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Web and Wireless Review

MD Consult

Kirschenbaum, Ira H. MD

Journal of the American Academy of Orthopaedic Surgeons: July 2003 - Volume 11 - Issue 4 - p 289
  • Free

The effective use of the Web by physicians should fulfill a few criteria. First, the time spent should be proportional to the value obtained from the information sought. The material obtained should be able to add measurably to the care of patients, office efficiency, fund of information, or bottom line of the practice. Ideally, the time spent finding information should be an investment if the use of a site is ongoing.

One such type of reference Website is MD Consult (www.mdconsult.com), which provides reference textbooks, a MEDLINE journal search, drug information, a review of medical news of the week, clinical topic tours, practice guidelines, patient handouts, online CME programs, downloads for PDAs, and a drug information module. Some specialties, such as infectious disease, have a separate collection of materials, called editions, but currently there is not one for orthopaedic surgery. The edition relevant to orthopaedic surgeons is the Core Collection, which can be accessed easily for a 10-day free trial by submitting your name and e-mail address.

Although the offerings for primary care physicians and internists are somewhat broader, only two of the forty reference texts on this site are directly relevant to the orthopaedic surgeon: the tenth edition (2003) of Campbell's Operative Orthopaedics and the second edition (2003) of Delee and Drez's Orthopaedic Sports Medicine. It does give access to all of the text and most of the figures for viewing and printing. The MEDLINE search is similar to that found in many other sites. For fifty journals, full text is available free through this site, but only one, the American Journal of Sports Medicine, is an orthopaedic title. MD Consult has a catalogue of 3,500 rather straightforward patient information brochures that can be downloaded and customized. Twenty-five relate to musculoskeletal conditions; a few have diagrammatic illustrations, and several are also available in Spanish. There are two hundred grand rounds topics available online for CME credit in fifteen specialties; however, none is related to orthopaedic surgery. Similarly, there are approximately a thousand clinical practice guidelines but, again, none relating to orthopaedics.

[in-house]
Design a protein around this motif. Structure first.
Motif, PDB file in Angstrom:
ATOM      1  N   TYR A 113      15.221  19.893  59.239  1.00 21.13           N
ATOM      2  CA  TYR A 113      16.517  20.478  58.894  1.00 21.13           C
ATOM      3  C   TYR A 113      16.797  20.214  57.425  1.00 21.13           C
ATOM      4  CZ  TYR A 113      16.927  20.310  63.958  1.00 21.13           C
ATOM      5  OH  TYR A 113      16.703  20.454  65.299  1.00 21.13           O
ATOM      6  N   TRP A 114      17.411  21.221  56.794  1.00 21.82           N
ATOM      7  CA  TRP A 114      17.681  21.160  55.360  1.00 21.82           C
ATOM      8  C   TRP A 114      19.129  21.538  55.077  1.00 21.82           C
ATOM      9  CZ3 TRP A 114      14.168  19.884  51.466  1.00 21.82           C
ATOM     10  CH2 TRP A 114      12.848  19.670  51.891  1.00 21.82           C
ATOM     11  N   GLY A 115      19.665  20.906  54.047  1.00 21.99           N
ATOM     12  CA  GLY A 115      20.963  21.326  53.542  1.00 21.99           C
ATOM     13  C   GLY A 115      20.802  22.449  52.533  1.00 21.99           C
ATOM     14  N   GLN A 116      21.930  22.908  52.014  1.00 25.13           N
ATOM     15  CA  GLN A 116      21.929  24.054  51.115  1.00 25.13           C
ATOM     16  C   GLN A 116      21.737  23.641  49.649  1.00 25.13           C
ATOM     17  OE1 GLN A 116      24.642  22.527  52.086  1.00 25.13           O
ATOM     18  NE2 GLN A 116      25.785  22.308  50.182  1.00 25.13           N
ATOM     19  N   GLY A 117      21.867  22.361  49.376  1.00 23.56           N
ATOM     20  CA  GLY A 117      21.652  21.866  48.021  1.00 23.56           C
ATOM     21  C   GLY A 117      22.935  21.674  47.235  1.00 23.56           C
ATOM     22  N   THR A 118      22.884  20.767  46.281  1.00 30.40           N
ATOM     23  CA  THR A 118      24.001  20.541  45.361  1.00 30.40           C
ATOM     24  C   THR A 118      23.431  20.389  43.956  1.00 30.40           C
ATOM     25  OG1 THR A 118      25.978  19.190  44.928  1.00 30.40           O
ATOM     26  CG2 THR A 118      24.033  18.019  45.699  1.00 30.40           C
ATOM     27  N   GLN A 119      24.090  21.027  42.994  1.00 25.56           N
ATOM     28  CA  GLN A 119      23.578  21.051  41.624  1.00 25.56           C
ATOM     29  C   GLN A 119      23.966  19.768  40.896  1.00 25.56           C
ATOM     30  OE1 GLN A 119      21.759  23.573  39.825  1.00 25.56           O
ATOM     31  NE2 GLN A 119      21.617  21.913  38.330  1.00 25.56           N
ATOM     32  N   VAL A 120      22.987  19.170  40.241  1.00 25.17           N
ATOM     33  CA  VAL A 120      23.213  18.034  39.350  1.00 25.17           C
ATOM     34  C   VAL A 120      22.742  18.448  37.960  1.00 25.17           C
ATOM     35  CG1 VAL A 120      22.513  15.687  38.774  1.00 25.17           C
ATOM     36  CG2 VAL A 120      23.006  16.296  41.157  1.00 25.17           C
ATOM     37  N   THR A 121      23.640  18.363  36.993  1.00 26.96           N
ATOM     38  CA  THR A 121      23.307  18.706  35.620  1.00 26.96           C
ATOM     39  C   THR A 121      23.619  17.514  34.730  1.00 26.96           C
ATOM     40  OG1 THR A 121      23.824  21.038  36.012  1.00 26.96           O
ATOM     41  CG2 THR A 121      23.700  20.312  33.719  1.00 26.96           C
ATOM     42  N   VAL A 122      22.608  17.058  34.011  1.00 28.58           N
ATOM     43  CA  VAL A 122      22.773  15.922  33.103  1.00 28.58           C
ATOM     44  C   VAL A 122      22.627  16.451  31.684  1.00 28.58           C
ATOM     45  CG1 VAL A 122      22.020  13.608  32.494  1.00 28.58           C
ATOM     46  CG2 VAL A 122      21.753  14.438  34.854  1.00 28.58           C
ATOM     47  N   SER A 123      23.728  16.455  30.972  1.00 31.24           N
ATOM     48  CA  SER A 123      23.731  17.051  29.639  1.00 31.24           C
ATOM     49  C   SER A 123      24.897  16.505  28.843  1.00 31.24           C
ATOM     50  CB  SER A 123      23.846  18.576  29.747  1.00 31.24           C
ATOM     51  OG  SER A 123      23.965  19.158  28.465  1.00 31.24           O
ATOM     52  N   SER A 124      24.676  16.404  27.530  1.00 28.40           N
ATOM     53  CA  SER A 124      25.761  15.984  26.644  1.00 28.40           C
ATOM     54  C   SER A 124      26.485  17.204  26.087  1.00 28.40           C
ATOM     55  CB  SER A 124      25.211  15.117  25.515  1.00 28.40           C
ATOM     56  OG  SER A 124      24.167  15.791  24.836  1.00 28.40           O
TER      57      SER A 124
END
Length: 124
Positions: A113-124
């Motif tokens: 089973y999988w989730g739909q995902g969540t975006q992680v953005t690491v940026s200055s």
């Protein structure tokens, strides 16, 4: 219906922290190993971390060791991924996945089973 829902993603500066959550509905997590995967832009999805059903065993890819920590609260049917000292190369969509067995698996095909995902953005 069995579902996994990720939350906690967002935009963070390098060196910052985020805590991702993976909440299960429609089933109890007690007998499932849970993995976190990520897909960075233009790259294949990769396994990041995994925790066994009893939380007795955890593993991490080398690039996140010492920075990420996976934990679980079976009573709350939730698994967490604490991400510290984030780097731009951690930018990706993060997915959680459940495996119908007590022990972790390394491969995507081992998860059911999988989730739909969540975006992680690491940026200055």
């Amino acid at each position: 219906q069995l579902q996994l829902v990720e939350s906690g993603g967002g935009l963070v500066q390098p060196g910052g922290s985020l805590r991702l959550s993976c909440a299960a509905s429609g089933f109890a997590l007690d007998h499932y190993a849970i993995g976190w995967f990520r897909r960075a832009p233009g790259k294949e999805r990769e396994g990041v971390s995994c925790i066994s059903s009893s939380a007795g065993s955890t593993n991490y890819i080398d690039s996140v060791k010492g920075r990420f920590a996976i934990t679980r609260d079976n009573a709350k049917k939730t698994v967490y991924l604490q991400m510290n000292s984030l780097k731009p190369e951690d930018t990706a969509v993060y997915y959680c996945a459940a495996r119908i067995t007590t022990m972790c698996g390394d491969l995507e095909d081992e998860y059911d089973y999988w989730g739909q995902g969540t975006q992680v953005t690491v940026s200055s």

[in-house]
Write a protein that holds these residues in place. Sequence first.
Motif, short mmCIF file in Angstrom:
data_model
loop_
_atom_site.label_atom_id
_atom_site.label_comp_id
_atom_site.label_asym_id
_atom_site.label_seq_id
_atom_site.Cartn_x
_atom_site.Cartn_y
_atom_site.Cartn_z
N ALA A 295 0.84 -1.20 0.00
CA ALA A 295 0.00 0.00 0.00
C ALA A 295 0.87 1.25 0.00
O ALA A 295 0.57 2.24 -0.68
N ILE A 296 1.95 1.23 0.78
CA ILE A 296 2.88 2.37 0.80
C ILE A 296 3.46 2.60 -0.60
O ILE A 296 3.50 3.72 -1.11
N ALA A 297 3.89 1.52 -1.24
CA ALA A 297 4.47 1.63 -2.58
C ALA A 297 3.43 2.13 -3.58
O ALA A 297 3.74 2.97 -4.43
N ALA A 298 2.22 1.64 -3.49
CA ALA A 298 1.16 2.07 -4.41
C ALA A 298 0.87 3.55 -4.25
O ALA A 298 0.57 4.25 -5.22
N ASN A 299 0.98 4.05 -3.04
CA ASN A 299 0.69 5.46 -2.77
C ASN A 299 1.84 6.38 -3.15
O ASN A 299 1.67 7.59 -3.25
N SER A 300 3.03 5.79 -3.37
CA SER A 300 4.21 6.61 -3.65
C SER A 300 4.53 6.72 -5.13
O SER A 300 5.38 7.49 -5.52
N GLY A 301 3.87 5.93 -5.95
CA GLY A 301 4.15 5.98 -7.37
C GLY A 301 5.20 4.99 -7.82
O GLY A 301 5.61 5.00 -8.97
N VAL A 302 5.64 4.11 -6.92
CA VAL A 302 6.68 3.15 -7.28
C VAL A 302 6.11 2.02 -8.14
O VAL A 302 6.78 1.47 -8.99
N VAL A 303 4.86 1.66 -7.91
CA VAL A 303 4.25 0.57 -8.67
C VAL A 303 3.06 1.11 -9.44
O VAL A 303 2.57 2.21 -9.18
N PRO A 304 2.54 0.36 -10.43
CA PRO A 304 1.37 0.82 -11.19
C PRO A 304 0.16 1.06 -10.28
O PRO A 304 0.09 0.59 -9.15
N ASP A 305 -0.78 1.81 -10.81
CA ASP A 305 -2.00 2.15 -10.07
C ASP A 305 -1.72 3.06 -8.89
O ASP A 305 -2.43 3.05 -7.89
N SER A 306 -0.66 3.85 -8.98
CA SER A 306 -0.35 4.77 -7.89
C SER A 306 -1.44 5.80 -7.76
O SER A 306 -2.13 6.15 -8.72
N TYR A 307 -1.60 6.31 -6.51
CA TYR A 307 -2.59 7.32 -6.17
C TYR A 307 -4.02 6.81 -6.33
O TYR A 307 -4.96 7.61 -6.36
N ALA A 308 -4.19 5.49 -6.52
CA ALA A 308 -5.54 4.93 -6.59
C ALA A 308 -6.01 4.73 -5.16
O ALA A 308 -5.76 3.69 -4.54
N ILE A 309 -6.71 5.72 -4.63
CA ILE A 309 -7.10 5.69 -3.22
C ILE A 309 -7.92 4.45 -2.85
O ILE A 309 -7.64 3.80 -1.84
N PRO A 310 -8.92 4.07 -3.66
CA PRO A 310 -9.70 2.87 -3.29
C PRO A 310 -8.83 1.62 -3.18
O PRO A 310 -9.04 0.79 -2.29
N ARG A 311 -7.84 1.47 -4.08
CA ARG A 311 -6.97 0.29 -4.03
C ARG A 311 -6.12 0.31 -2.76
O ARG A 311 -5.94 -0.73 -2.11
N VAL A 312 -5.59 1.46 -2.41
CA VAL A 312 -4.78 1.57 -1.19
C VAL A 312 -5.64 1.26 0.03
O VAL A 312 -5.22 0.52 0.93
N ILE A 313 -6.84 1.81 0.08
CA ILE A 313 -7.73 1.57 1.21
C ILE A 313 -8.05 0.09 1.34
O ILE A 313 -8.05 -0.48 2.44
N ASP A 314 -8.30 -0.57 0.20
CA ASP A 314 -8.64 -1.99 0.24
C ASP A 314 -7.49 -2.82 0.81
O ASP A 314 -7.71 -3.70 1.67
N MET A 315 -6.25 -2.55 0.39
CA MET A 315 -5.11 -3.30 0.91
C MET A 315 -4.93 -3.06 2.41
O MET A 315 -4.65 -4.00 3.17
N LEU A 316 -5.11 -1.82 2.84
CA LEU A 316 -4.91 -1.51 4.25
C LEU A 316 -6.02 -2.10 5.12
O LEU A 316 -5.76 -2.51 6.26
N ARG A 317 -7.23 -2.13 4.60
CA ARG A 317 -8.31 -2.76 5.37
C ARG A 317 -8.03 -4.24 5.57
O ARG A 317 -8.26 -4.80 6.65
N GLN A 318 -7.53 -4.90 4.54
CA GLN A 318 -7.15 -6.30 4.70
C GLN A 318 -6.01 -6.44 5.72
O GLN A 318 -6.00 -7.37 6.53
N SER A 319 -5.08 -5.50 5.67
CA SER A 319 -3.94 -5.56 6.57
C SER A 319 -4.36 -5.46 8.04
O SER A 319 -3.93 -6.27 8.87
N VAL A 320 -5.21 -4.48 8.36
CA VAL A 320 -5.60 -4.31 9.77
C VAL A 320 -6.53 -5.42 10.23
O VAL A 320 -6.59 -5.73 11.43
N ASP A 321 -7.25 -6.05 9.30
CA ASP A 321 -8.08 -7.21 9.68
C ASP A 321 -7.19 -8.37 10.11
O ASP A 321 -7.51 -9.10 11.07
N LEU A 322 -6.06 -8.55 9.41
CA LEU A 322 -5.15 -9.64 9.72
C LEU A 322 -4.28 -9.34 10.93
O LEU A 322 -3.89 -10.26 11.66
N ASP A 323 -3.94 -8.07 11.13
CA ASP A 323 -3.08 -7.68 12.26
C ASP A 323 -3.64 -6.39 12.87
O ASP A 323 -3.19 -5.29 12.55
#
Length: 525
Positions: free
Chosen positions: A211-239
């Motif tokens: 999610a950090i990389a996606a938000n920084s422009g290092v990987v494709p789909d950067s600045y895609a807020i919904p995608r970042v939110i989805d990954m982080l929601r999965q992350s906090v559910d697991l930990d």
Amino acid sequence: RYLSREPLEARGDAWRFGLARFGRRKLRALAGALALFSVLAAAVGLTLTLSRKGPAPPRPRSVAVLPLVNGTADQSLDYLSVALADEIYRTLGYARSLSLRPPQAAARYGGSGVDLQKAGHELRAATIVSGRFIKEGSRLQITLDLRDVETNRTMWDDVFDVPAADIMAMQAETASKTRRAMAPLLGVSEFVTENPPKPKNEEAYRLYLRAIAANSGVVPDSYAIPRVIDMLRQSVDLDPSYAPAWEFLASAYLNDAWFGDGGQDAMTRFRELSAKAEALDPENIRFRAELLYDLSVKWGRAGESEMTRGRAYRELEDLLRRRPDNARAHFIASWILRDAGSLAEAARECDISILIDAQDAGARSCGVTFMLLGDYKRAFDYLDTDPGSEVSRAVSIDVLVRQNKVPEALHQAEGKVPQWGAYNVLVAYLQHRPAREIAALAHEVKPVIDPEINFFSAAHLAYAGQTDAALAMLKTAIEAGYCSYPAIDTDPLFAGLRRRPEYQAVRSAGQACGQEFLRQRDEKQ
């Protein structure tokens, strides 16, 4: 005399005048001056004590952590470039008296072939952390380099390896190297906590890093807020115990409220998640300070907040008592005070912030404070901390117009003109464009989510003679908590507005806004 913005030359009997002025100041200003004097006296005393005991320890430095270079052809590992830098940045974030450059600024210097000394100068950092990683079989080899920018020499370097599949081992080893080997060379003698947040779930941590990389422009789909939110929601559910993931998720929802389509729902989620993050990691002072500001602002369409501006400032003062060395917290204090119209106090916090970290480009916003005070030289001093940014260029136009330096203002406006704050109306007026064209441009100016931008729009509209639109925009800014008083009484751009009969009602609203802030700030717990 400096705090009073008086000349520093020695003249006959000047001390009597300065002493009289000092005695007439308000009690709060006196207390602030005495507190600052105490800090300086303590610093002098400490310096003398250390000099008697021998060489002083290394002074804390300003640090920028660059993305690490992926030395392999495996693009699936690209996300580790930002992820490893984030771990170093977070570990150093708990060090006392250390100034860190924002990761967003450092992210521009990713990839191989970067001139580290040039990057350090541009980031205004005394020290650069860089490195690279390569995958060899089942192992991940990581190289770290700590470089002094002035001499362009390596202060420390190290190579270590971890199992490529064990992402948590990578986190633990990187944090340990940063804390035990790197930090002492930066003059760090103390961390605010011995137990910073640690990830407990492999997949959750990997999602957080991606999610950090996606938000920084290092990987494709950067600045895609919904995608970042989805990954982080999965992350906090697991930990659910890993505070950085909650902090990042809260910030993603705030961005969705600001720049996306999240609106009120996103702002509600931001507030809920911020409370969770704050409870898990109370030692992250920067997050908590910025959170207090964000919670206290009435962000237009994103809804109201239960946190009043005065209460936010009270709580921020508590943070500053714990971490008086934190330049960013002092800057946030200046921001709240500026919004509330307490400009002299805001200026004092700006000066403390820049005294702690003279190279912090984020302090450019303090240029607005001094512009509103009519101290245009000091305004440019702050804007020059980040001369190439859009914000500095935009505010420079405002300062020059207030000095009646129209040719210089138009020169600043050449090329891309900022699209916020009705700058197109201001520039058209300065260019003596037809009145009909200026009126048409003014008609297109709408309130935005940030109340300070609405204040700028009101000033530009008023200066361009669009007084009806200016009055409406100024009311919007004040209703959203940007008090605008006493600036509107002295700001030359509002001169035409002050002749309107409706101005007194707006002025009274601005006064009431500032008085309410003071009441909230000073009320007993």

What are the practical applications for the orthopaedic surgeon? There is immediate access from any computer with Internet access to MEDLINE for a quick topic search or to the text of Campbell's Operative Orthopaedics to rapidly review surgical techniques. With problems such as antithrombolic prophylaxis or septic arthritis, immediate access to texts such as Conn's Current Therapy or Mandell, Douglas, and Bennett's Principles and Practice of Infectious Diseases allows a broader perspective than that in texts more commonly available to us. Information about various drugs, the spectrum of antimicrobial agents, and recommendations for appropriate antibiotic coverage are all rapidly accessible through this site.

Following are a few practical hints to maximize your use of MD Consult (or a site such as this). While viewing the reference text you have searched for, copy the material on the screen and paste it into a document in a standard program such as Microsoft Word (MS Word). Call the file Personal Medical Textbook (as an example). By cutting and pasting selected sections of the material, you can choose the groups of text you want so that the pasted matter represents your own “review” and personal interests. After you have it in the file, type a heading at the top of that section, for example, Biceps Ruptures. Highlight Biceps Ruptures. Then, in the Styles section of Word, assign that phrase the style Heading 1. When you do this with all of your downloads from the Web, you can, with only a few keystrokes, have Word make a hyperlinked personal Table of Contents for rapid access at a later date. Over time, you will have your own ongoing review text from multiple reference sources as well as the published literature.

You can view your Personal Medical Textbook on your PDA (Pocket PC or Palm). Any MS Word file can be converted into a format called Microsoft Reader. Microsoft Reader conversion programs, and the Microsoft Reader program for your PDA, are distributed free by Microsoft. When you load the conversion program onto your computer, there will be a single Microsoft Reader icon on your MS Word toolbar that will convert the file to PDA format so that you can transfer your Personal Medical Textbook to your PDA.

Microsoft Reader can be found at www.microsoft.com/reader/downloads/default.asp. The program to allow you to convert any MS Word file to PDA Microsoft Reader format can be found at www.microsoft.com/reader/downloads/rmr.asp. Detailed step-by-step instructions and models on all steps reviewed can be found at www.officemedical.com.

The cost of MD Consult for residents is $119.95 a year or $14.95 a month. For attendings, it is $219.00 a year or $24.95 a month. Considering the cost of just one of the textbooks available, this is quite a bargain and a tremendous educational and reference resource.

Ira H. Kirschenbaum MD

© 2003 by American Academy of Orthopaedic Surgeons